As children begin to speak and learn language, there may be a variety of disorders or conditions which could hinder them along the way. It’s important to become familiar with some of the most common, so that you know what you may expect, or what type of action should be taken. Here’s a guide to some of the most common speech disorders in children.
- Childhood Apraxia of Speech: This is motor speech disorder in which the brain has difficulty planning and sequencing movement of the articulators, and can result in difficulty producing sounds, syllables and words. The child may be able to internally process what he or she wanted to say, but may struggle to physically coordinate the movements to produce speech.
- Stuttering: Stuttering is quite common, but can range greatly in terms of severity. An evaluation of an individual’s stuttering pattern would take into account family history, concomitant speech or language disorders, the presence of avoidance behaviors or secondary behaviors (e.g., grimacing, blinking), evaluation of the nature of the speaker’s disfluencies, and the speaker’s own views of his or her stuttering and how it affects his or her life.
- Receptive-Expressive Language Impairment: An expressive language disorder relates to problems with a child getting his or her message across to others, while a receptive disorder relates to issues understanding an incoming message. Jointly a mixed receptive-expressive language disorder would have symptoms of both conditions.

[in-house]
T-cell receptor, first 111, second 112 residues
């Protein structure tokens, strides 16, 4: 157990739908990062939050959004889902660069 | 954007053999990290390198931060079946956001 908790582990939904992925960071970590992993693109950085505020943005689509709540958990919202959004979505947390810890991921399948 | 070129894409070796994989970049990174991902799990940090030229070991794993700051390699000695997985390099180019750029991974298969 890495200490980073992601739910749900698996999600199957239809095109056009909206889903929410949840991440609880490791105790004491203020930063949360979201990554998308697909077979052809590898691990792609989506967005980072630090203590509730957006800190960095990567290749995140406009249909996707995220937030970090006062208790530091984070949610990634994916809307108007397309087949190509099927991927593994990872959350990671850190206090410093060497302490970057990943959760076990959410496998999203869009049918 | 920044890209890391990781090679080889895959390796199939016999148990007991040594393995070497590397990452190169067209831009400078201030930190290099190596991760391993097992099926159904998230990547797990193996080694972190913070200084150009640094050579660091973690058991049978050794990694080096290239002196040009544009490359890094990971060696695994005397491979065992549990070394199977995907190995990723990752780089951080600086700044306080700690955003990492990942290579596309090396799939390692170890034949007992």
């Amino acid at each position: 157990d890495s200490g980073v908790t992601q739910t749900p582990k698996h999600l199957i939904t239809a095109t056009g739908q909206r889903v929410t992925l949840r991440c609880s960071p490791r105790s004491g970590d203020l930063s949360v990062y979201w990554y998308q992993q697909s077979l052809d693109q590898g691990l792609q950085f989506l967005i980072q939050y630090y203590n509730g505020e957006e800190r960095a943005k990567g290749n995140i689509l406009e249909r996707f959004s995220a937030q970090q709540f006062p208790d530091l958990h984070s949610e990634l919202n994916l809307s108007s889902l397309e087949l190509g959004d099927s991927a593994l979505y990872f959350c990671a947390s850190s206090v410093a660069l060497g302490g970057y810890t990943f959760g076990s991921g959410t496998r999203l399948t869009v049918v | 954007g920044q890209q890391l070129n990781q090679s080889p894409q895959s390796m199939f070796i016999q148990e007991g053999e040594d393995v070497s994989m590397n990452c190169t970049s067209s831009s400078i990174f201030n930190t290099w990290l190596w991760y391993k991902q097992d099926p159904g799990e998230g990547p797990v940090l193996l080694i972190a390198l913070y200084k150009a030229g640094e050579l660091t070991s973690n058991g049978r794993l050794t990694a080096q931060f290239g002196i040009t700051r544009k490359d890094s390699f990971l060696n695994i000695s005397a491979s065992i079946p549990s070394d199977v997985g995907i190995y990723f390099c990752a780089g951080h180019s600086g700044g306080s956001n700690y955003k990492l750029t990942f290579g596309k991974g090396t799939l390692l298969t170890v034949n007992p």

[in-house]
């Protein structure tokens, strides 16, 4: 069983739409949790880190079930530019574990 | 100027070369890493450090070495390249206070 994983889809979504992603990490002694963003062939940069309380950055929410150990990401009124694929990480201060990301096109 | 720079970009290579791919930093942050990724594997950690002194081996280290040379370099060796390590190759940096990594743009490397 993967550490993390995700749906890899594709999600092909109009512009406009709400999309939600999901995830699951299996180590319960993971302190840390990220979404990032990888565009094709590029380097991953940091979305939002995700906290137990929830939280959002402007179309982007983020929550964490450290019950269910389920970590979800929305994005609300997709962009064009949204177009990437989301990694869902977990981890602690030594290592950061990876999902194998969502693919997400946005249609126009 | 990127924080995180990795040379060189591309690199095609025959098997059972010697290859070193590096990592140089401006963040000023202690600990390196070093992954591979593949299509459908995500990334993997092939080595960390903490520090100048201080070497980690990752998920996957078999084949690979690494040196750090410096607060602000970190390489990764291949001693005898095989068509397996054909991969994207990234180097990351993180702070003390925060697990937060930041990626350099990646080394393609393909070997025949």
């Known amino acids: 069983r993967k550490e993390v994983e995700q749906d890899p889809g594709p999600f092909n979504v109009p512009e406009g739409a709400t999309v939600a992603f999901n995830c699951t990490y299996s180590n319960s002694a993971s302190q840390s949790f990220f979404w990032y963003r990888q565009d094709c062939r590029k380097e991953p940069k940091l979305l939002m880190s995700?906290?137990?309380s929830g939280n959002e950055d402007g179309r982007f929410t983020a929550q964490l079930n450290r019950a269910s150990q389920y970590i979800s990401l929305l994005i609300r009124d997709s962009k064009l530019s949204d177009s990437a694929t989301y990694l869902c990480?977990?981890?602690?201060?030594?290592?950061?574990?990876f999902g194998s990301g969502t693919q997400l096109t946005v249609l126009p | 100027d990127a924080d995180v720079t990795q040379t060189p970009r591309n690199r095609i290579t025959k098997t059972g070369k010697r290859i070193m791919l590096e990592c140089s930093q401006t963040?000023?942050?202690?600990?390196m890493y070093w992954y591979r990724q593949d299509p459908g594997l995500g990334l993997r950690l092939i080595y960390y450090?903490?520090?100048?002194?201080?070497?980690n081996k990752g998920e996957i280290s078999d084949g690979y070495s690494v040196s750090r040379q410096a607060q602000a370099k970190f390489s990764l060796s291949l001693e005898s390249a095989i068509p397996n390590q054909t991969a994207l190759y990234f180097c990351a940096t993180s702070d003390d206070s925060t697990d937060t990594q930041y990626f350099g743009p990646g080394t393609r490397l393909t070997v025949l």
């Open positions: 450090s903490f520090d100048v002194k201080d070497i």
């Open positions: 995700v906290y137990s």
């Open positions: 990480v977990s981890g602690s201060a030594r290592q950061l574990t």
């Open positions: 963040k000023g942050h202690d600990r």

- Language-Based Learning Disabilities: This refers to a potentially wide range of different conditions, which hinder a child’s ability with age-appropriate reading, spelling and writing. Due to the relationship between spoken and written language, children with language-based learning disabilities may present with challenges with spoken language as well.
- Phonological Disorder: A phonological disorder is a condition which affects a person’s ability to discriminate among and produce patterns of sounds. That means entire types of sounds may be omitted, or replaced with other entire types of sounds, i.e., replacing hard /k/ sounds with /t/ sounds, even though the child may be able to physically produce the /k/ and /t/ sounds in isolation.
- Articulation Disorder: An articulation disorder is a type of speech-sound disorder, which relates to problems producing speech sounds. As such, certain sounds may be incorrectly substituted or omitted, or even added, to words.
By no means is this a comprehensive collection of speech disorders in children, but it does include a number of common conditions. Hopefully you’ve been able to gain new insight into terminology you may have previously heard of, but were unaware about what the real implications were.
If your child has been diagnosed with a speech disorder, or you believe he or she may have one, it’s important to receive an evaluation from a certified pediatric speech pathologist.